Gesturing to some newly acquired silver hair Tyson recalled a second major incident which threatened to quite literally sink the project, the unexpected discovery of a forgotten gas tank beneath the present car park. “We were removing trees and one came down and punctured the lid of a 14m diameter gas tank full of contaminated hydrocarbon gunk”, recalled Tyson. “It took about 16 tankers to empty.”

A key requirement of Historic Environment Scotland was the recreation of rooftop dormers, despite the fact that the attic floor is not utilized but rather extends the volume of the main council chamber. Whatley explained: “It was important that we didn’t have any dummy features, so the dormers have been positioned to bring light into the building and provide an active frontage. We wanted to express the volume but also had to be quite pragmatic with structural issues as well, acoustically it works really well.”

Each office floor is a close mirror image of the floor below with a slight setback on the upper level. Organised with a ratio of ten staff to six desks, with individual lockers provided, the spaces are arranged logically with desks rubbing against solid elements, with gangways opening to glazing. It contrasts with many fully glazed city centre offices where desks abut directly against glass. This economical allocation extends to the chief executive herself who is based at a spartan open plan table which doesn’t even have monitors installed. Tyson added: “The transom on the windows is 1,100 high but we made it 800 so you can see out while sitting down.” 

Evidencing the sort of random encounters fostered by an open plan layout Richard Cairns, strategic director for regeneration, environment and growth, appeared for an unscheduled chat. A favoured conversation piece of Cairns is a time lapse video charting construction of the new HQ but it is the background demolition of a 1930s distillery tower which gets him truly animated. Now earmarked for 155 homes Cairns is proud to have played a role in felling the landmark, noting that the project was only confirmed after the council confirmed its move. Added to the opening of a new Costa Coffee it seems that Dumbarton’s fortunes are now on the turn. As Cairn said: “In one sense you’re here too early. I’ve asked the planning department to do an annual High Street census. There have been three new lets since we moved in and one of the café’s has been completely refurbished. We could have built a less expensive building more quickly and easily almost anywhere else in Dumbarton but we took the decision to come here because the value add for us wasn’t the operational costs in here but the benefits out there.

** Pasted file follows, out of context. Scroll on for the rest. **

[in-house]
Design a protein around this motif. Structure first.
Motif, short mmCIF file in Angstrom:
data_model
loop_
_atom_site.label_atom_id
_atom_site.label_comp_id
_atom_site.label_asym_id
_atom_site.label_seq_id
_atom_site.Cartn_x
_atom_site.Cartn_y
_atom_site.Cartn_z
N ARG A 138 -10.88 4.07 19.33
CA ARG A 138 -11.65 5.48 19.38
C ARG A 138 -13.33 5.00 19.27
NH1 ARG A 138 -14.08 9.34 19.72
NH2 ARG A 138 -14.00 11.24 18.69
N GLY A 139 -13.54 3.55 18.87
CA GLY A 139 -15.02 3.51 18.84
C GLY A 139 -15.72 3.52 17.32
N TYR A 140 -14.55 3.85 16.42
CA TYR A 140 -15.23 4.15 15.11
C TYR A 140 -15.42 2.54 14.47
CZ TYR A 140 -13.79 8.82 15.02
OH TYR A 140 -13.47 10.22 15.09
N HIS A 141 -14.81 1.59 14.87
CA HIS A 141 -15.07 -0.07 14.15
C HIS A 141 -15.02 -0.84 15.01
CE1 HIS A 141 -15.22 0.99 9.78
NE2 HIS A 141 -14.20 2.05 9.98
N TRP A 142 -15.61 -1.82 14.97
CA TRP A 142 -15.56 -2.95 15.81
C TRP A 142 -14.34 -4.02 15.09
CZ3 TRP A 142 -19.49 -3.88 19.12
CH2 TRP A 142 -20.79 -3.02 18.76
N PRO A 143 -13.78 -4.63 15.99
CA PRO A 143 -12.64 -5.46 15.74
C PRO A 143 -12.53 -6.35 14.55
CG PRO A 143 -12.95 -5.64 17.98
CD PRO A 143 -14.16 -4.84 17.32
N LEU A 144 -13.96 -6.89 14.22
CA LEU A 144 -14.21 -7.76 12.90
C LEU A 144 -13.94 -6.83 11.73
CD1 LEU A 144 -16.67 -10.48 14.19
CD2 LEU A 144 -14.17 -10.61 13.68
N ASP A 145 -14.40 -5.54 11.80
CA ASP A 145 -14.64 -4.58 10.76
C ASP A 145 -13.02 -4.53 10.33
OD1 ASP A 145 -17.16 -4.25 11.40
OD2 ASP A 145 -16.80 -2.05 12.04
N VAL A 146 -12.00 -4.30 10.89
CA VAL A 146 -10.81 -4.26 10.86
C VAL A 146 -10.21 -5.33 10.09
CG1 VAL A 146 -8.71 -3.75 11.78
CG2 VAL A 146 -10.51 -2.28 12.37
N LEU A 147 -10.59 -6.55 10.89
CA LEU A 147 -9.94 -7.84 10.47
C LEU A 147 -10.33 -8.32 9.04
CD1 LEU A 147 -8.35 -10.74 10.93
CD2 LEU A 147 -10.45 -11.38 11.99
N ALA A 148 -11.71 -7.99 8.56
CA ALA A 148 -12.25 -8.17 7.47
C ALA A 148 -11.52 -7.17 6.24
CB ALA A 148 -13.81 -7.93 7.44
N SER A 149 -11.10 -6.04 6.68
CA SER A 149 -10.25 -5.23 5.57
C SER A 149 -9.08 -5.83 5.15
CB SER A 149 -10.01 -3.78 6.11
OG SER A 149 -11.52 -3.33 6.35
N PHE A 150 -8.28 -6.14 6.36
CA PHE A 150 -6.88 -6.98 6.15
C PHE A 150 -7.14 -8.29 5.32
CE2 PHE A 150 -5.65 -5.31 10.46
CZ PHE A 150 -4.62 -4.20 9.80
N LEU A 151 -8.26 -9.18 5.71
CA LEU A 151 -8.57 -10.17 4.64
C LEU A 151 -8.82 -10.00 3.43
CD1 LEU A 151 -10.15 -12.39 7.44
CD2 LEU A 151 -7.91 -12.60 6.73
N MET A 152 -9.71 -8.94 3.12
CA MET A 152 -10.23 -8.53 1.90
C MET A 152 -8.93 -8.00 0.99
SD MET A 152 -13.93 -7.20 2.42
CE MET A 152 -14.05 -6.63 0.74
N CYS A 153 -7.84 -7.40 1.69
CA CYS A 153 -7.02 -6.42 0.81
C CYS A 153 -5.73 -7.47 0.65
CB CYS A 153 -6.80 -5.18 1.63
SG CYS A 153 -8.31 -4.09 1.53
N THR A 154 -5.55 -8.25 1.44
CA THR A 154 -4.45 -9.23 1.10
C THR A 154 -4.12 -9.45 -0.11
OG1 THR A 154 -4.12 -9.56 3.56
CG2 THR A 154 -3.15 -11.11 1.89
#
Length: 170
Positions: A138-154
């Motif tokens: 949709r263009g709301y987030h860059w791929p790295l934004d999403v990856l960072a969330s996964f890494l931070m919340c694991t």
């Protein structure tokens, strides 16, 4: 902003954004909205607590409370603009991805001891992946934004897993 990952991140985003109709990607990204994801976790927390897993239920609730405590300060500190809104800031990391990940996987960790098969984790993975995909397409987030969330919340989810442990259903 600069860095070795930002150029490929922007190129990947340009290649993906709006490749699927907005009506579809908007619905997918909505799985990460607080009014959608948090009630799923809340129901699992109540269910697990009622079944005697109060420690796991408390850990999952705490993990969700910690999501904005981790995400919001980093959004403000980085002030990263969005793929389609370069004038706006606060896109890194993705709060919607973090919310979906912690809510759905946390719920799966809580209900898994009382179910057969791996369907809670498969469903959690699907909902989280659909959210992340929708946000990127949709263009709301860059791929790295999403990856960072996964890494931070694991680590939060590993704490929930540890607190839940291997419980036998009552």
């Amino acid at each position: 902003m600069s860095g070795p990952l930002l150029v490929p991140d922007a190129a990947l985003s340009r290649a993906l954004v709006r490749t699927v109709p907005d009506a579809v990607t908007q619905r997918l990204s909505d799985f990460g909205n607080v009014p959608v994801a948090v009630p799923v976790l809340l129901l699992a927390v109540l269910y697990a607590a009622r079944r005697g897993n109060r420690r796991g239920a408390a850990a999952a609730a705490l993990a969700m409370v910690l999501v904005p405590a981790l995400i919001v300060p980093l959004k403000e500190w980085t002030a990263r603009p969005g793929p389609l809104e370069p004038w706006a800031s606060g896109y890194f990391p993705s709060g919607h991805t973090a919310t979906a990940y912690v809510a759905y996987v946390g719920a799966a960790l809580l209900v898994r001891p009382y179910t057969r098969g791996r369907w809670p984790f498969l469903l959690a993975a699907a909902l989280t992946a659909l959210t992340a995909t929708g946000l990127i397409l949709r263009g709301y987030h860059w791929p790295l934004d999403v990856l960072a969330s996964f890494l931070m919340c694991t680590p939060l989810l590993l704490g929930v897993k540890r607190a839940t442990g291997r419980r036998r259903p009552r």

“We were in a not fit for purpose, oversized, poorly located property. We’d built up a backlog of maintenance which ultimately would have crippled us. We’ve moved out into a building that’s a third of the size, saving £400k a year which allowed us to roll out a range of modern working practices. Electric pool cars outside have reduced our petrol mileage by 40%.

It changes people’s perception of who they work for and their understanding of who they work with, because they can see them. In Garshake you knew there were people all over the place but you didn’t know who they were or what they were doing. Not only can you see people working in the new offices but you can now see groups of people, giving you a different understanding of who interacts with who.”
Openness and transparency are the watchwords of any public authority and with their move to the heart of Dumbarton West Dunbartonshire Council lead the way on both fronts. Having come full circle the move has already seeded development far beyond Church Street, indicating the nurturing role the public sector can still play in these times of austerity.